The mind virus never doubts the importance of the particular viewpoint it is replicating for the simple reason that it doesn’t have anything to compare it with. That’s all it knows. The reason it doesn’t have anything to compare itself with is of course as we have said because it is blind to everything else (or, to put it another way, because it is a closed system). In order for this mind to change it would have to be an open system and by definition, it isn’t, and so all it can do is carry on being itself. All it can do is ‘carry on regardless’ along its allotted tracks, obeying to perfection its prime directive of staying faithful to the pattern that is itself, copying and pasting itself, copying and pasting itself, copying and pasting itself until hell freezes over, or until time itself gets used up, whatever happens last.
So as long as the viral mind can continue reproducing the static pattern that is itself, it is happy. Needless to say I (when I am identified with this mind) don’t see what I am doing as meaninglessly reiterating the same old thing over and over again. I see myself as striving nobly onwards, progressing, developing my situation, building upon past achievements, consolidating the gains that I have made, and all that sort of stuff. I see myself triumphantly advancing the cause step by painful step towards the final glorious goal – whatever that might be. Either that I or see the converse of all this, which is me failing to progress, slipping backwards, losing all the gains I have made, and missing out big-time on any chances that I might have had to reach the glorious goal. I see myself losing ground instead of gaining it.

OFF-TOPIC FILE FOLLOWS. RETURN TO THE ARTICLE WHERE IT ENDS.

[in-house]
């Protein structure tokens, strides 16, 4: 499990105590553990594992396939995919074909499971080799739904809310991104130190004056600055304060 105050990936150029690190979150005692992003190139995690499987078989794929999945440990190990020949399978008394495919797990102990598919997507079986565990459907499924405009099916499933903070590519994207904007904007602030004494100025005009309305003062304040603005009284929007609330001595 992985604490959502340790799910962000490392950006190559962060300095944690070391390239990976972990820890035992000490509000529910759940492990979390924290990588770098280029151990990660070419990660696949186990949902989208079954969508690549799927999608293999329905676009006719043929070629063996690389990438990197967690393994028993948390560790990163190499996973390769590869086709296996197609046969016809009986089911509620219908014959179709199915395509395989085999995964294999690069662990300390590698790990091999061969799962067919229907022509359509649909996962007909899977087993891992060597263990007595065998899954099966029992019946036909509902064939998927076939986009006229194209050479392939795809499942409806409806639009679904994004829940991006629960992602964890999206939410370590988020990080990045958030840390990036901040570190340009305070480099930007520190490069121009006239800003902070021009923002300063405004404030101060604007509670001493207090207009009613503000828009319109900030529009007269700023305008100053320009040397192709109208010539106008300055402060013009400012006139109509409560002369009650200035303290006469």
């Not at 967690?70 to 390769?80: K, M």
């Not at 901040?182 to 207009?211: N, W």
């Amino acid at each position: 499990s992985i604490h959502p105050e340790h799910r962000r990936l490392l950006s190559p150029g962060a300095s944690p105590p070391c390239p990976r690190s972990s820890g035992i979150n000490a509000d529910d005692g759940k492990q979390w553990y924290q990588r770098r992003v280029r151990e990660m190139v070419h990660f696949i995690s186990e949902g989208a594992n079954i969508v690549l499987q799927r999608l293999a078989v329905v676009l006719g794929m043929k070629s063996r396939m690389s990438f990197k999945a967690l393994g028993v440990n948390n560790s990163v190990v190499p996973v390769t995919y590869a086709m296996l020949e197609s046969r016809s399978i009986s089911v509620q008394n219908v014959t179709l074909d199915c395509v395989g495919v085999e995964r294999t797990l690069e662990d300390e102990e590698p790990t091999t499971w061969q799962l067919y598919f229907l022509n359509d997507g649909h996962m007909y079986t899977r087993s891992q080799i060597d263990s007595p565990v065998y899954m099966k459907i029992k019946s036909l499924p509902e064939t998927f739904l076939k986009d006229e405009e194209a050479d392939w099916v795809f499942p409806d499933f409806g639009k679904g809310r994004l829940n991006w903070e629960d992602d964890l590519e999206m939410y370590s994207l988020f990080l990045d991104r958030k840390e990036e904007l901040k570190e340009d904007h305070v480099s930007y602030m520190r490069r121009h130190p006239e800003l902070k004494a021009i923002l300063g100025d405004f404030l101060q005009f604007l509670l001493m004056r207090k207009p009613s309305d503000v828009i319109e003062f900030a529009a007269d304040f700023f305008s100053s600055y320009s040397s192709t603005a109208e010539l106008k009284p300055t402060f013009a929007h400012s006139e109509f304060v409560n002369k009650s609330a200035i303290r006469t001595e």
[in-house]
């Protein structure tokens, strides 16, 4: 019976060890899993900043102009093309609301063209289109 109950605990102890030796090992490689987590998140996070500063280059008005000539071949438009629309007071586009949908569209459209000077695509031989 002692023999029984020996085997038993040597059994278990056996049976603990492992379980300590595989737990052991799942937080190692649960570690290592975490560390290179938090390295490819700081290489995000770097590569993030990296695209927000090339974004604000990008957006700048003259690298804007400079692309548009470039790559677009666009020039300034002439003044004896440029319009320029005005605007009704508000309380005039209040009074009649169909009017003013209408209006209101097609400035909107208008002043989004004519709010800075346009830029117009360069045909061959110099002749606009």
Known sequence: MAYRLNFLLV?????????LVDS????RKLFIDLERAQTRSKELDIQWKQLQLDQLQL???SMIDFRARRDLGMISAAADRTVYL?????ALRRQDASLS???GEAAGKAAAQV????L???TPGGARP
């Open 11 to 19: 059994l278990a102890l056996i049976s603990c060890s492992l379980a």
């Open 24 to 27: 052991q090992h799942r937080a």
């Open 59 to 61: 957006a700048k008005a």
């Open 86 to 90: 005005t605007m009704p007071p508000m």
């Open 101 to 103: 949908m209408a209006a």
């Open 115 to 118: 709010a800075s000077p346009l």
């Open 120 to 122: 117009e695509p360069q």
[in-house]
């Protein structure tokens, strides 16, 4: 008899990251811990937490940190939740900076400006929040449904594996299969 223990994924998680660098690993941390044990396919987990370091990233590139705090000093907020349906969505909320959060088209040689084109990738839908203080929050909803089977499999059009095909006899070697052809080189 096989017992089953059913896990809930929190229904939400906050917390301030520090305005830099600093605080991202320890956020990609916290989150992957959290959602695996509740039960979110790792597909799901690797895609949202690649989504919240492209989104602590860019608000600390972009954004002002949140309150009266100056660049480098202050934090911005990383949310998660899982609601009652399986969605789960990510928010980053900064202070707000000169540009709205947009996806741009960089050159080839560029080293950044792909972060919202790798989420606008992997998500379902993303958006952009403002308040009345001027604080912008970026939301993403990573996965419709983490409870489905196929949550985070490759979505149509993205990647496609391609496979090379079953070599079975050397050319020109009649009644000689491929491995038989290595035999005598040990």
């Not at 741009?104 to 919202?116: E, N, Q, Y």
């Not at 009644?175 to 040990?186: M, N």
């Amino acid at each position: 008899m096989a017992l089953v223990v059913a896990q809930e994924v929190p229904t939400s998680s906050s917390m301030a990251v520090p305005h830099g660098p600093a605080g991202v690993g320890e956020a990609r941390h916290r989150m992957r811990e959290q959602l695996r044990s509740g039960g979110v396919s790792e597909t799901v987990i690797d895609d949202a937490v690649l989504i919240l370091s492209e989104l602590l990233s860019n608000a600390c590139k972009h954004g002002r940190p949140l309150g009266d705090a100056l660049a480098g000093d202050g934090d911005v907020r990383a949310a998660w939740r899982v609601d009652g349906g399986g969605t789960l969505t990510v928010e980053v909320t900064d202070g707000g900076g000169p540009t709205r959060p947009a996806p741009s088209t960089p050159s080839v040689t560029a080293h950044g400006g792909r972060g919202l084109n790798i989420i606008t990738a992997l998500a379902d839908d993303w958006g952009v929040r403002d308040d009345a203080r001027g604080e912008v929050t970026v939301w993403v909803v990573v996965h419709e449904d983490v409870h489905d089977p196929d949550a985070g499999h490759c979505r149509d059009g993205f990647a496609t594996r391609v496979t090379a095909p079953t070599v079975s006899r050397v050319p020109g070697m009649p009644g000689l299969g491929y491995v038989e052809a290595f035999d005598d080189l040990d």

But losing is no different to gaining – it’s exactly the same story only looked at the other way, the pessimistic way rather than the optimistic way. It is exactly the same idea in both cases, only in one case I am climbing up the ladder and in the other I am slipping down it. Both impressions are equally illusory since either way I’m still stuck on the same old ladder: I might be looking ‘up the way’ or ‘down the way’ but it doesn’t make the slightest bit of difference either way since the ladder itself doesn’t actually ever go anywhere…
As long as I am buying into the version of reality propagated by the little mind all I am ever doing is optimizing my game (or unsuccessfully trying to optimize my game, which is the same thing). In the first case I am trying to get better at playing the game and I am succeeding, in the second case I am trying to get better at playing the game and I am failing – either way it’s all about the game, either way its all about the wretchedly limited version of reality that is all I know. When I get better and better at playing the game all that is happening is that I am getting better and better at doing the same old tiresome thing! Whatever helps me to improve my game is ‘good’ and whatever stands in my way or sets me back in the game is ‘bad’ and that’s all I need to know. This is ‘living in the box’.
What is basically going on here therefore is that I have this unexamined idea about how things should be and so all I have to do is to ‘keep on working away’ to get reality to be a match for this idea. Or another way to put it is to say that I have a framework of reference that I operate from and so I just keep on operating from it, come what may. I work away from within this unexamined context of understanding trying my best to iron out all the problems that keep coming up to prevent me from realizing my goals, putting my plans into action, fulfilling my agendas, and so on. When I solve these problems and move forward with what I want to do next then I feel great and when I can’t solve them and can’t move forward I feel terrible and so ‘the game’ is simply to get better and better at getting around all the obstacles.